Is Eating Microwaved Food Bad For Your Health? Science Has The Answer

Cooking peas in the microwave

The eternal debate between the pros and cons of eating microwaved food is still alive and kicking! Some people call the device cancerous, while many others hail it as one of the greatest inventions of our time. So which one is it?

Before we dwell into the reality of the matter, below is an excerpt from Living Traditionally, which gives such a horrific and scary list of the perils of using a microwave oven, that it will ultimately make you throw out the device in an instant. They write,

  • Eating food processed from a microwave oven causes permanent brain damage by “shorting out” electrical impulses in the brain.
  • The prolonged eating of microwaved foods causes cancerous cells to increase in human blood.
  • Minerals, vitamins, and nutrients of all microwaved food are reduced or altered so that the human body gets little or no benefit.
  • Microwaved foods cause stomach and intestinal cancerous growths (tumors). This may explain the rapid rate of colon cancer in America.
  • The prolonged eating of microwaved foods causes cancerous cells to increase in human blood.
  •  Continual ingestion of microwaved food causes immune system deficiencies through lymph gland and serum alterations.
  •  Eating microwaved food causes loss of memory, concentration, emotional instability, and a decrease of intelligence.
  •  Microwaving milk and cereal grains converted some of their amino acids into carcinogens.
  • Thawing frozen fruits converted their glucoside and galactoside containing fractions into carcinogenic substances.
Is That Tin Foil Hat Too Tight?/ tv tropes

All of these allegations are without any reference to any scientific study, of course. So what’s the truth? Is something wrong happening to your food behind that microwave door?

It is without a doubt that microwave can be dangerous, for instance, you can get hurt by accidently burning your hand on the scalding hot plates! On a more serious note, using the wrong kind of plastic that doesn’t say “microwave safe” could lead to unhealthy chemicals seeping into your food. But if you’re concerned about your food’s nutrition, microwaving is a safe bet for sure. In fact, many nutritionists put it near the top of the list for healthy food preparation methods. The key is to use your microwave with a small amount of water, which will essentially steam your food from the inside and thus, retain all those vitamins and minerals which other cooking methods won’t.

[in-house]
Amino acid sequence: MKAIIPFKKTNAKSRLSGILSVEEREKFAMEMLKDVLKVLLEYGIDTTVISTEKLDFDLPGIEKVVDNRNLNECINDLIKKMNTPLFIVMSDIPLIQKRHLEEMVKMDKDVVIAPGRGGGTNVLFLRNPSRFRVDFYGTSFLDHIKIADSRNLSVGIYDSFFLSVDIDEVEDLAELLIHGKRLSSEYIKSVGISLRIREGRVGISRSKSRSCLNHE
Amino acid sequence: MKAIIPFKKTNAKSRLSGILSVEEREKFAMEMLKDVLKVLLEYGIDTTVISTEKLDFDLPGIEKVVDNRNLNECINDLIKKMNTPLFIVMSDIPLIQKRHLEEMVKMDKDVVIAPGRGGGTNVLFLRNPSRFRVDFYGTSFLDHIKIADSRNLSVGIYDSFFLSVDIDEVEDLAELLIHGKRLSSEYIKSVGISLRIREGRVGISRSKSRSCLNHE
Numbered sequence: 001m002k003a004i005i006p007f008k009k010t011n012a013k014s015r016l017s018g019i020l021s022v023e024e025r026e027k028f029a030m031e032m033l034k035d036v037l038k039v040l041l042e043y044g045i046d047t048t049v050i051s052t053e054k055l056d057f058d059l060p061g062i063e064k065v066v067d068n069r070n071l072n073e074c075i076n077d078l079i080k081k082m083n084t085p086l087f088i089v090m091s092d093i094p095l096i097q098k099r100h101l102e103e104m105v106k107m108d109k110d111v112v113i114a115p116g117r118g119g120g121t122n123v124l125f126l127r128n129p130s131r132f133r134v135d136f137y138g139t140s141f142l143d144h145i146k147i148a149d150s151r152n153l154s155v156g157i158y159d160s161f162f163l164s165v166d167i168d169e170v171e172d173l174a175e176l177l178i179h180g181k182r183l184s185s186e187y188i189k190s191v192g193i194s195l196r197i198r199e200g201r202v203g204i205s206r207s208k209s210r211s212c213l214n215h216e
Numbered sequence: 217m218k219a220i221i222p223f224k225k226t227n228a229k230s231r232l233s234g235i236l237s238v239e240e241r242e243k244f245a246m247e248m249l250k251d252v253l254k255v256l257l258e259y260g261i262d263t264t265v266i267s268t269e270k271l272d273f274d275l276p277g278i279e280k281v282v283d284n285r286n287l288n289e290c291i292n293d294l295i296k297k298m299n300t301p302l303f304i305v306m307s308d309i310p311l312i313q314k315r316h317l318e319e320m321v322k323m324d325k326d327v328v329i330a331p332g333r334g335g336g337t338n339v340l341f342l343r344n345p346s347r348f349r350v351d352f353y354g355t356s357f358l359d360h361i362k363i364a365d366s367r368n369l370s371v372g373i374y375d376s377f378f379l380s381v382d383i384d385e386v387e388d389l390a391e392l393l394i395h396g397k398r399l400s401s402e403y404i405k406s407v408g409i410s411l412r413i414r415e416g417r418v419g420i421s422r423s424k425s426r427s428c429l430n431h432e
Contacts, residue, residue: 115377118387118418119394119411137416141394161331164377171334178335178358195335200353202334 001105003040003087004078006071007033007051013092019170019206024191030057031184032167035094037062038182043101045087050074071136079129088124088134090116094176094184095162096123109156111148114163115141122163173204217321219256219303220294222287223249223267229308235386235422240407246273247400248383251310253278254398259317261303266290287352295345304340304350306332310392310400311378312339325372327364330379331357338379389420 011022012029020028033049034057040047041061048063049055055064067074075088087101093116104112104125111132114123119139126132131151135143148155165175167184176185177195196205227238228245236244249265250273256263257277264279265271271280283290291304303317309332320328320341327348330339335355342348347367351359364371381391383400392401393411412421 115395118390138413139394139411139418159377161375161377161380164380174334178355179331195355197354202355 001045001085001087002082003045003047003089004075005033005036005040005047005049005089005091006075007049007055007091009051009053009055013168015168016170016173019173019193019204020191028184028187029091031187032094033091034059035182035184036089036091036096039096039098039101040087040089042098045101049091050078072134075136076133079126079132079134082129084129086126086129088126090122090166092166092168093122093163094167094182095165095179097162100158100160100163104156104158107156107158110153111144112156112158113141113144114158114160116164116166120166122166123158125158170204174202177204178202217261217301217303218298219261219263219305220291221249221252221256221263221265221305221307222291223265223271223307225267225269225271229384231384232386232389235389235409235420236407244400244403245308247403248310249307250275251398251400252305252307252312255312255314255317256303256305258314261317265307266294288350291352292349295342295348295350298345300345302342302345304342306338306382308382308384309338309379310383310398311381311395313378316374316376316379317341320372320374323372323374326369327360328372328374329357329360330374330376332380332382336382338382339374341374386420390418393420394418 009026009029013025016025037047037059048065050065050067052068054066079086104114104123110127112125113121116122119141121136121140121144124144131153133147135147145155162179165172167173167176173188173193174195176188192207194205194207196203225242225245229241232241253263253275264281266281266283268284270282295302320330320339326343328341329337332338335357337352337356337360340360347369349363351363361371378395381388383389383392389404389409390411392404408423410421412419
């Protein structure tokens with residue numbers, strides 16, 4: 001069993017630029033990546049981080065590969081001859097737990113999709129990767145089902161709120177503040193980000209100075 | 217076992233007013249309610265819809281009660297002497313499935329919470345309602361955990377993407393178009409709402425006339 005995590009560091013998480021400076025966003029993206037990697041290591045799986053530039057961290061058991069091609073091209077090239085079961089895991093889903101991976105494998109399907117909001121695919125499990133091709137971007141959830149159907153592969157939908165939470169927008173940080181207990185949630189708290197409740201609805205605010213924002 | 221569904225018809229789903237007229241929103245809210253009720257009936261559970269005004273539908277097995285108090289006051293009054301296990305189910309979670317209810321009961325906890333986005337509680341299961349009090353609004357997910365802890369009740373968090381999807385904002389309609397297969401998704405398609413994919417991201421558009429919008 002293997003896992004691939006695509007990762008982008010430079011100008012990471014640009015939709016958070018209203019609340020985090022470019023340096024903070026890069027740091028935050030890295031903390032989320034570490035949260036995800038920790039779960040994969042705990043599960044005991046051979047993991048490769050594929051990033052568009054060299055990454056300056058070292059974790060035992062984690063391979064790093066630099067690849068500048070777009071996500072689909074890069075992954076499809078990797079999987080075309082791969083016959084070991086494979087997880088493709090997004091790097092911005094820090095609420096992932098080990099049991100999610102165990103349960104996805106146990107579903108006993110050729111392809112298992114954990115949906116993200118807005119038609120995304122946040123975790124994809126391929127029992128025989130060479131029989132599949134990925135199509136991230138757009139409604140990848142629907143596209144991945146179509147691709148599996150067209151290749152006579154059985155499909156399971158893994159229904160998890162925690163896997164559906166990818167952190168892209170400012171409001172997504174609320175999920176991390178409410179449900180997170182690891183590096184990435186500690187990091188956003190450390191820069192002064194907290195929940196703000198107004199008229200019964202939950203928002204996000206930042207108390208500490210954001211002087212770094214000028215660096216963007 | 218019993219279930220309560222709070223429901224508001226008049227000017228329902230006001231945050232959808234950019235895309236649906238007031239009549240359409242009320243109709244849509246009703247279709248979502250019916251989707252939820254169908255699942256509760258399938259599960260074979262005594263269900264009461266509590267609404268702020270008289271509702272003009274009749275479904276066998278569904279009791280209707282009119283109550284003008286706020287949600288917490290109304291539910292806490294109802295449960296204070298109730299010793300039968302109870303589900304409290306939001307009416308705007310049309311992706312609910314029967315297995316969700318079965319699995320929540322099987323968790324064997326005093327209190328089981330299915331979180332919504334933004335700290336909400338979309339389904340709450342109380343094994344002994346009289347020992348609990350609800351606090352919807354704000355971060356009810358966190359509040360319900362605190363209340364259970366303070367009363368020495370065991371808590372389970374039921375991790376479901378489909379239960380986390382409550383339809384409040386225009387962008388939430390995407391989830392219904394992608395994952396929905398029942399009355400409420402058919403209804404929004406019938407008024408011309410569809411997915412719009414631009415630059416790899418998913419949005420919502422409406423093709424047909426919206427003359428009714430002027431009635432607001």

Pic Credits: safebee

Catherine Adams Hutt, RD, Ph.D., a registered dietician and certified food scientist says,

“Whenever you cook food, you’ll have some loss of nutrients. The best cooking method for retaining nutrients is one that cooks quickly, exposes food to heat for the smallest amount of time and uses only a minimal amount of liquid.”

 Microwave cooking ticks all these boxes.

As an example, you can take spinach which loses up to 70 percent of its folic acid when cooked on a stove. But in a microwave, with just a little water you can retain nearly all of it. In a similar vein, cooking bacon in a pan until they are crispy creates nitrosamines which are cancerous, while microwaving bacon doesn’t!

Pic Credits: safebee

Of course, the safety lies in how you use the microwave. If you start using water to steam your veggies, you are sure to get plenty of nutrition.

“When you cook food in a microwave, cover it tightly, creating an efficient steam environment,” advises Hutt.

Another small study found that steamed broccoli retained almost all of its cancer-fighting sulforaphane than boiled or cooked on a stove. The fact is that in most of the cases cooking in a tightly covered microwave-safe container with a small amount of liquid is a win, which can even enhance the nutritional value of some foods.

Microwaving makes the carotenoids in tomatoes and carrots more available to our bodies, for example, and the biotin in eggs more digestible, along with killing bacteria in food that can make us sick.

Pic Credits: safebee

“From a safety standpoint,” says Hutt, “you don’t want to be eating raw chicken.So go ahead and use that microwave. It’s a quick way to essentially steam food from the inside out. You won’t get the aromas that baking or roasting provides, but if you do it right, with just a little bit of water in a tightly closed microwave-safe container, you’ll be very well nourished.”

Conclusion: Using the Microwave, given that you do it right, is one of the best ways to cook your food while retaining your food’s vitamins and minerals. As for the claims mentioned earlier, they probably are just the result of tightening that tin foil hat too hard.
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